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DEC. 4, 2005
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 BT Special
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Interview With Giovanni Bisignani
After taking over the reigns at IATA, Giovanni Bisignani is in the cockpit directing many changes. His experience in handling the crisis after 9/11 crisis is invaluable. During his recent visit to India, Bisignani met BT's Amanpreet Singh and spoke about the challenges facing the aviation industry and how to fly safe. Excerpts.

"We Try To Create
A Joyful Work"
K Subrahmaniam, Covansys President and CEO, spoke to BT's Nitya Varadarajan.
More Net Specials
Business Today,  November 20, 2005
A. Dan Meiland, Executive Chairman/Egon Zehnder
"India Has Become, In Many Ways,
The Driver"

A. Daniel Meiland heads one of the world's best-known executive search firms, Egon Zehnder. The firm, which specialises in CEO and senior executive searches, fared relatively better than its peers through the industry's cold hard winter between 2001 and 2003. Now the fifth largest executive search firm in the world, EZ is considered a pioneer of sorts in its area: it was the first to have consultants specialising in specific industries; and it was among the first to follow a one-firm model (it has offices in 39 countries around the world), with partners getting to share profits (as opposed to a commission-based model). Meiland, a former McKinsey & Co consultant, has done his share of searches (his toughest was one where, hounded by the media while he was trying to find a CEO for a well-known company, he got the entire board to check in for a flight, diverted them to a bus on the tarmac, drove them back to town where the entire floor of a hotel had been reserved, and got them to meet with candidates), and was in India recently (Egon Zehnder completed 10 years in India this year). He met with Business Today for a discussion on EZ's Indian operations and the future of the executive search industry. Excerpts:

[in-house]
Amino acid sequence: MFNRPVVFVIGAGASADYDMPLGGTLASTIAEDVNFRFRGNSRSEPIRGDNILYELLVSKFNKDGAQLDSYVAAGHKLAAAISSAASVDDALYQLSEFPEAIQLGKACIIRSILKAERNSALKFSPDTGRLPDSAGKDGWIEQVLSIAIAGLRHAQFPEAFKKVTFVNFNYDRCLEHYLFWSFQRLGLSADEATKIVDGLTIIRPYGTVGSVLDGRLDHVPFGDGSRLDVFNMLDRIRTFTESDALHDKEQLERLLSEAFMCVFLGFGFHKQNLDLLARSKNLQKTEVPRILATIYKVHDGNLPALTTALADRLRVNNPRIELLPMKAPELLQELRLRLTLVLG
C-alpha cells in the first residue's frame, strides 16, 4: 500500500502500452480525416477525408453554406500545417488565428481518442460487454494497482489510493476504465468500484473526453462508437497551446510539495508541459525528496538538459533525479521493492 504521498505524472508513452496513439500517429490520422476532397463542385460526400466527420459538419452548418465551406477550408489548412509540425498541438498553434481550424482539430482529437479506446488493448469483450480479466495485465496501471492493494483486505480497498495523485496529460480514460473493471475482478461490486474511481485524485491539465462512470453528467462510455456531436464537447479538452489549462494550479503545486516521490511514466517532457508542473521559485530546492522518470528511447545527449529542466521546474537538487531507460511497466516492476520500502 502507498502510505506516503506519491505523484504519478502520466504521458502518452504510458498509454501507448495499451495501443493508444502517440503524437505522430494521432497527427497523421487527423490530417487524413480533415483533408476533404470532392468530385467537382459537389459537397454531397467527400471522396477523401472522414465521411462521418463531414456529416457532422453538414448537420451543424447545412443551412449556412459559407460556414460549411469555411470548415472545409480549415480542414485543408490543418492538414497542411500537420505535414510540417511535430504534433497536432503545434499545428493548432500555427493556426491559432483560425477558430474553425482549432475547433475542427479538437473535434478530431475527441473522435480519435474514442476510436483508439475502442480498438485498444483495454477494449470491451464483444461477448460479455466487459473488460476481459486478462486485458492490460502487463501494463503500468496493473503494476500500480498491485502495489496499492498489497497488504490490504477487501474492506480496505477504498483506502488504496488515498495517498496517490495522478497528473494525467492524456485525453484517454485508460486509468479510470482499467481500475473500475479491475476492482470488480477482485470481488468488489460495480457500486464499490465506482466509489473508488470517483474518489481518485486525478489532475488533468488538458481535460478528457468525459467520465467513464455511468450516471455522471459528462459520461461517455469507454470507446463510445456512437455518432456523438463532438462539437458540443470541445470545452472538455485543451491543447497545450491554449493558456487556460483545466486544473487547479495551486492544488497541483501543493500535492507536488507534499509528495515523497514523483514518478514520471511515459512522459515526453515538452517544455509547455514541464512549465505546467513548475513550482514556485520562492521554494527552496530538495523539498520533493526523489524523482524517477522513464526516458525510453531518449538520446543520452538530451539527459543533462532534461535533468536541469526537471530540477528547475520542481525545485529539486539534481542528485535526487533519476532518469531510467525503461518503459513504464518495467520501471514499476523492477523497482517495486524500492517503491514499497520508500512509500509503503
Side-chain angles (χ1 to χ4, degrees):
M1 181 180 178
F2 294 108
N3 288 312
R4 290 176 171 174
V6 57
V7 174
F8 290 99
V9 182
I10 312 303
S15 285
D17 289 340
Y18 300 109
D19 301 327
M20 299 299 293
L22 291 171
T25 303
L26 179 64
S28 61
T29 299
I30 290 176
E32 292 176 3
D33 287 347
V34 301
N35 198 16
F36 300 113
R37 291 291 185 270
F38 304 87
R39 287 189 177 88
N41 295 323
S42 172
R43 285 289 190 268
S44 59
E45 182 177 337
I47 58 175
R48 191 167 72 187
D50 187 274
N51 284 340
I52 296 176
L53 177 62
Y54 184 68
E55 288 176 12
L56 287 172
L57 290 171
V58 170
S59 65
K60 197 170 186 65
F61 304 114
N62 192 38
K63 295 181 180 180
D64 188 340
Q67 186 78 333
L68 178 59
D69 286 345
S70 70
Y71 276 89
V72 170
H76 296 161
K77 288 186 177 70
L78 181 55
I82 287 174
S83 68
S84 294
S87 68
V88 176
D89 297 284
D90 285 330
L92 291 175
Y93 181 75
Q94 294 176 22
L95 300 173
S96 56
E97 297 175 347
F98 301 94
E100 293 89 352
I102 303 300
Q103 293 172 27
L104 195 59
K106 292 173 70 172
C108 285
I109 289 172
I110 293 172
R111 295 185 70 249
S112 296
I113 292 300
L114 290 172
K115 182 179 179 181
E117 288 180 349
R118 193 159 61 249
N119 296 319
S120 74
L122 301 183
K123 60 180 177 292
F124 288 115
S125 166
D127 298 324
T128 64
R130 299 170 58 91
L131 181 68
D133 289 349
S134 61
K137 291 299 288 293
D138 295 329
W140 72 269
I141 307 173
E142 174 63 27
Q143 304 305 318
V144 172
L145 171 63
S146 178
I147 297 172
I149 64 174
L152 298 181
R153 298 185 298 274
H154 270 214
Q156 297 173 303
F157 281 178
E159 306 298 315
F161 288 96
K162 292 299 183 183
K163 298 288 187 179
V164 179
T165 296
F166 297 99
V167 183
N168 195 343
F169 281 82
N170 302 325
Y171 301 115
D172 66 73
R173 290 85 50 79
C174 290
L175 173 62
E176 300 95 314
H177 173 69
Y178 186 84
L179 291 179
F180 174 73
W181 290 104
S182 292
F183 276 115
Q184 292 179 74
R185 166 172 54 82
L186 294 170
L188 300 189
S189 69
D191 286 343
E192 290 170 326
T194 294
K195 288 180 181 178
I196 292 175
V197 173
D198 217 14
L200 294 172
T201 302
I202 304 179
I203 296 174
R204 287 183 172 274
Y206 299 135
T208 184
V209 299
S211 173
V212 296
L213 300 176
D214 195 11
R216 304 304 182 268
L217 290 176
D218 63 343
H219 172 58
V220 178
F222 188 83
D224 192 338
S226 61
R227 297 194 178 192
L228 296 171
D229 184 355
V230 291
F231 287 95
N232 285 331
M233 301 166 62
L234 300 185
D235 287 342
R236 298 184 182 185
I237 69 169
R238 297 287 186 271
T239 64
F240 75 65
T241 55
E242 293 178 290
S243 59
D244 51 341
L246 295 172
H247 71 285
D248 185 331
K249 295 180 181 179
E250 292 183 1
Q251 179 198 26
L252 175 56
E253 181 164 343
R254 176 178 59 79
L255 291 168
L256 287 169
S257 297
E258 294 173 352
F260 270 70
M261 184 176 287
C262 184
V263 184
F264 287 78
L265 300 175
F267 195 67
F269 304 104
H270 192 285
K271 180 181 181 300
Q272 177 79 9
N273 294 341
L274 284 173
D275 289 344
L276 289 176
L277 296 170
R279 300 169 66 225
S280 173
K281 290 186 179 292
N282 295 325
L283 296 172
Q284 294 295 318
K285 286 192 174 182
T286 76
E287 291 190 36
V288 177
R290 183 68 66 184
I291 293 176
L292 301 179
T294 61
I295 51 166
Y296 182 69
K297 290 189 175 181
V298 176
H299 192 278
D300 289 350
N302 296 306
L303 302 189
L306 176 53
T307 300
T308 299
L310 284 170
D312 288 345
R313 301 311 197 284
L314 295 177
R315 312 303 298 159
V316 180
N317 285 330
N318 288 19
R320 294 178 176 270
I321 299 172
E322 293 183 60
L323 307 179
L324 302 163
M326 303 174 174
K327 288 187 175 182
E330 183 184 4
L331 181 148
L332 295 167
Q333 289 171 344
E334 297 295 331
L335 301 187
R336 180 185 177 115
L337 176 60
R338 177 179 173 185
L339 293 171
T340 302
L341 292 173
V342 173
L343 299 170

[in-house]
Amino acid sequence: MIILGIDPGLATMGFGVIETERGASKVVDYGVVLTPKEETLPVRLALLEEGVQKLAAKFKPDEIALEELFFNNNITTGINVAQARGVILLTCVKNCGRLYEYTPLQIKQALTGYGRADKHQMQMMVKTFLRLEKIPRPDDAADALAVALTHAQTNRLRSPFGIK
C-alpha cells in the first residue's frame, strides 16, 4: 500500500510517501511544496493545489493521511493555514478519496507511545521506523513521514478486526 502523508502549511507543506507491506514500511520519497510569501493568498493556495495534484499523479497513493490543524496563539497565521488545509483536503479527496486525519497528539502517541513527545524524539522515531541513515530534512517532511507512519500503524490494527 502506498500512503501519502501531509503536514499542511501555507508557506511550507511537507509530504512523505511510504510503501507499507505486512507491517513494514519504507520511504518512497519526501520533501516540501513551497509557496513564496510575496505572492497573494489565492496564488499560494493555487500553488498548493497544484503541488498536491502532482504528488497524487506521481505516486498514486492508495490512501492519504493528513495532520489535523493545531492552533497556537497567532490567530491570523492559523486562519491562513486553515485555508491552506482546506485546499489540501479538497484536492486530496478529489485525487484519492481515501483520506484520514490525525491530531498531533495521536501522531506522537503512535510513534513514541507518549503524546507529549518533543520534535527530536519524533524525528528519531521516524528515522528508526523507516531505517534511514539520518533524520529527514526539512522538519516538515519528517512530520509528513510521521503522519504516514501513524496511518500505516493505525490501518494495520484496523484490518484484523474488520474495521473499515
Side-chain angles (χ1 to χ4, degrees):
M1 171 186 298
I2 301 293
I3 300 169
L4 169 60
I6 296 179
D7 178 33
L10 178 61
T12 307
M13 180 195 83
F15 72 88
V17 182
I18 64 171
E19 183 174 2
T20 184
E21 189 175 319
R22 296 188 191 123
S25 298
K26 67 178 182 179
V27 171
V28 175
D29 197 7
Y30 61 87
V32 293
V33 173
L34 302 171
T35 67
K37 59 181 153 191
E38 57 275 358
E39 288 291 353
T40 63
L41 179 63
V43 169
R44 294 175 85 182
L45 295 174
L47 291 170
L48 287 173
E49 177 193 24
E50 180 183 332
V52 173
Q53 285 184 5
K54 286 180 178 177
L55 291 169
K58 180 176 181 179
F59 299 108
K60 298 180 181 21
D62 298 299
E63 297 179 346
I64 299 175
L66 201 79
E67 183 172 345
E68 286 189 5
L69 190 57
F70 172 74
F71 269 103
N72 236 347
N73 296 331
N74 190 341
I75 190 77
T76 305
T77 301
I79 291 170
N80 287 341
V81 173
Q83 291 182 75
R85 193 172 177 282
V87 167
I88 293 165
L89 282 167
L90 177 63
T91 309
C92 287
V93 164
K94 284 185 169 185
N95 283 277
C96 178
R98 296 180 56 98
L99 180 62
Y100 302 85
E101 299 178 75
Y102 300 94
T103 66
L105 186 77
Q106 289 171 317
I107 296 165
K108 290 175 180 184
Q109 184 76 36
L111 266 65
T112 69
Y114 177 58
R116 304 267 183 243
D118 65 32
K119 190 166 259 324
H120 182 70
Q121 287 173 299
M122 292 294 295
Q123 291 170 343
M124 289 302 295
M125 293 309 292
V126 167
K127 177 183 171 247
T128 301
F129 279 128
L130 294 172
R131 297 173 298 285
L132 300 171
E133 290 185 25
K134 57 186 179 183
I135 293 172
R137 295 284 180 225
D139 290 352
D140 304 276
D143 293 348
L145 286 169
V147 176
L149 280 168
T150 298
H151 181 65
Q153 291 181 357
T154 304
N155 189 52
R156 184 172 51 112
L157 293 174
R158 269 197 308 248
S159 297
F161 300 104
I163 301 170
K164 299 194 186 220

It's six years since you were here last and 10 years since your first visit. Do you sense some changes? Can you feel some changes in the country?

Yes, these are obviously coloured by India playing a much bigger role globally, so you hear about it constantly. I live in the United States and the influence of Indian business and the acceptance of the 'brains' from India to run major corporations in the country has been very pronounced. Ten years ago, India was something that you talked about. It was a big market. You said, almost like a consumer goods company, 'There are many people, they do have some money, so there must be a market and therefore we should be there'. If you talk to big corporations, they all probably did the same thing, saying, there must be a fantastically big market for us (in India). And then things started taking time. What's happened is that because of the brainpower and the acceptance of that globally, the whole view of the world on what is happening in India has changed enormously over the 10-year period, but especially since the bubble burst in 2000. India has become, in many ways, the driver. When you then come here and look at it, you see the enormous contrasts. A lot of the India I saw 10 years ago hasn't changed all that much. And then you come to (a city like) Delhi and you see how things have changed and how the opportunities have expanded enormously in India.

From the point of view of global searches-say, a large multinational corporation is looking for a senior executive-would India be more important than China?